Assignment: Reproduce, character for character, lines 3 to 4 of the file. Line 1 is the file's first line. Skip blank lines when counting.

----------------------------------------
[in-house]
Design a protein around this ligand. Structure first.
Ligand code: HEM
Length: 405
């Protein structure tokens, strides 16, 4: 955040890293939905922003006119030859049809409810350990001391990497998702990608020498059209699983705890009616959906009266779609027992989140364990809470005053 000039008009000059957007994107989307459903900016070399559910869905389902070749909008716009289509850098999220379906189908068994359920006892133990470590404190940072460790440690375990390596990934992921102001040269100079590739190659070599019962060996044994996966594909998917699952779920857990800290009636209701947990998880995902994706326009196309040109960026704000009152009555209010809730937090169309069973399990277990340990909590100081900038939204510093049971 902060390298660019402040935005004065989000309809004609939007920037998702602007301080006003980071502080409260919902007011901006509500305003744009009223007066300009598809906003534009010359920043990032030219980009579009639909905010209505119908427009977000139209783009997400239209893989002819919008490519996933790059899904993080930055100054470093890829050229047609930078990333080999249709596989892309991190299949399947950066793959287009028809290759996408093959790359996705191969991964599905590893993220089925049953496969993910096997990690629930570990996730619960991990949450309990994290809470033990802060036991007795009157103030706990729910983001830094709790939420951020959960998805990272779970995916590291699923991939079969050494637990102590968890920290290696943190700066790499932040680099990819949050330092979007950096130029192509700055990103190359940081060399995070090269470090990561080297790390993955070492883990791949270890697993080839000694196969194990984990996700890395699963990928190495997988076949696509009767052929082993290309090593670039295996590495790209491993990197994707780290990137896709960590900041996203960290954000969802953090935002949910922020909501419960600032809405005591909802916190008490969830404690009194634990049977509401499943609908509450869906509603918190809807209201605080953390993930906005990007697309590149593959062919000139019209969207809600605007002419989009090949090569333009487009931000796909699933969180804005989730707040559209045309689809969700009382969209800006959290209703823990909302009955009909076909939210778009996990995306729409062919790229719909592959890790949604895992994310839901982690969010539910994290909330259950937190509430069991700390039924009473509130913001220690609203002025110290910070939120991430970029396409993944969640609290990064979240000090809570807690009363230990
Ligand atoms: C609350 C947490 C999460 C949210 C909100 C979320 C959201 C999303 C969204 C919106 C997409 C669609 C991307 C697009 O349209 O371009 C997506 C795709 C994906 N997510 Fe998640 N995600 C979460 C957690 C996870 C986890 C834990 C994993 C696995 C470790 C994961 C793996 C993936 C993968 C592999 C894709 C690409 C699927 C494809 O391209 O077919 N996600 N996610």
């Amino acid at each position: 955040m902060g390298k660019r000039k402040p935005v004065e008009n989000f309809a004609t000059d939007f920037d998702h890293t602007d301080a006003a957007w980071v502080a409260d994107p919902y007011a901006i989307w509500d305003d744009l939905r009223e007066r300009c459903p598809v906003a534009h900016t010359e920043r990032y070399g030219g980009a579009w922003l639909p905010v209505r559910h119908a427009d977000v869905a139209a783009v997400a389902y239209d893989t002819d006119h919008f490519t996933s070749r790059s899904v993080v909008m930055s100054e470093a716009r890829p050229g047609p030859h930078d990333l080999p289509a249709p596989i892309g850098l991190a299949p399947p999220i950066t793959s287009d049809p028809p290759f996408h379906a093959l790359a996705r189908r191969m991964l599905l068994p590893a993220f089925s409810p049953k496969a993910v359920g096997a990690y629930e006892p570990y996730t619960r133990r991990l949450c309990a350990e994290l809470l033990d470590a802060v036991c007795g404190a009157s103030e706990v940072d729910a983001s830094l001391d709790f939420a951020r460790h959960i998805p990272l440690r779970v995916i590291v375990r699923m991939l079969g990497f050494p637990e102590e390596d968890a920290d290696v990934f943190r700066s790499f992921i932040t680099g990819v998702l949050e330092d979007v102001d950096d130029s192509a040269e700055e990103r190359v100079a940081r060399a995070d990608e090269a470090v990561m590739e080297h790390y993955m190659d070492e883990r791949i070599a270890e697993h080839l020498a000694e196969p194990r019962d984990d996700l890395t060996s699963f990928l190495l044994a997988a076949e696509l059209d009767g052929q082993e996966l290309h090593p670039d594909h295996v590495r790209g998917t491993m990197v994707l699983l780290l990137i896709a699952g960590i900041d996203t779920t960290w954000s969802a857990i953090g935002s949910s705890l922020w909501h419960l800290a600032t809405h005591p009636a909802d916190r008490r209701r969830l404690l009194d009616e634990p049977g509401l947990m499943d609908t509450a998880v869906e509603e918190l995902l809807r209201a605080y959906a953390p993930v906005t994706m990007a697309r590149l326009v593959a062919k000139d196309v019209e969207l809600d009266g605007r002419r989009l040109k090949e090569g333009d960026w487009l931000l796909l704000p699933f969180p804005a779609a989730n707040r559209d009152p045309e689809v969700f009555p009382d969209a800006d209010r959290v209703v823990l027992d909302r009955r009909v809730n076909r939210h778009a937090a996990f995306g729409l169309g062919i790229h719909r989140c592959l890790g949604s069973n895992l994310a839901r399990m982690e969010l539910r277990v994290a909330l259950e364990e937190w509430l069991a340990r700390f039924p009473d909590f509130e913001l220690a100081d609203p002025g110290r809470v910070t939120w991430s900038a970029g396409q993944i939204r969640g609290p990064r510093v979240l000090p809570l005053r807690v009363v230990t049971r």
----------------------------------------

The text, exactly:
Ligand code: HEM
Length: 405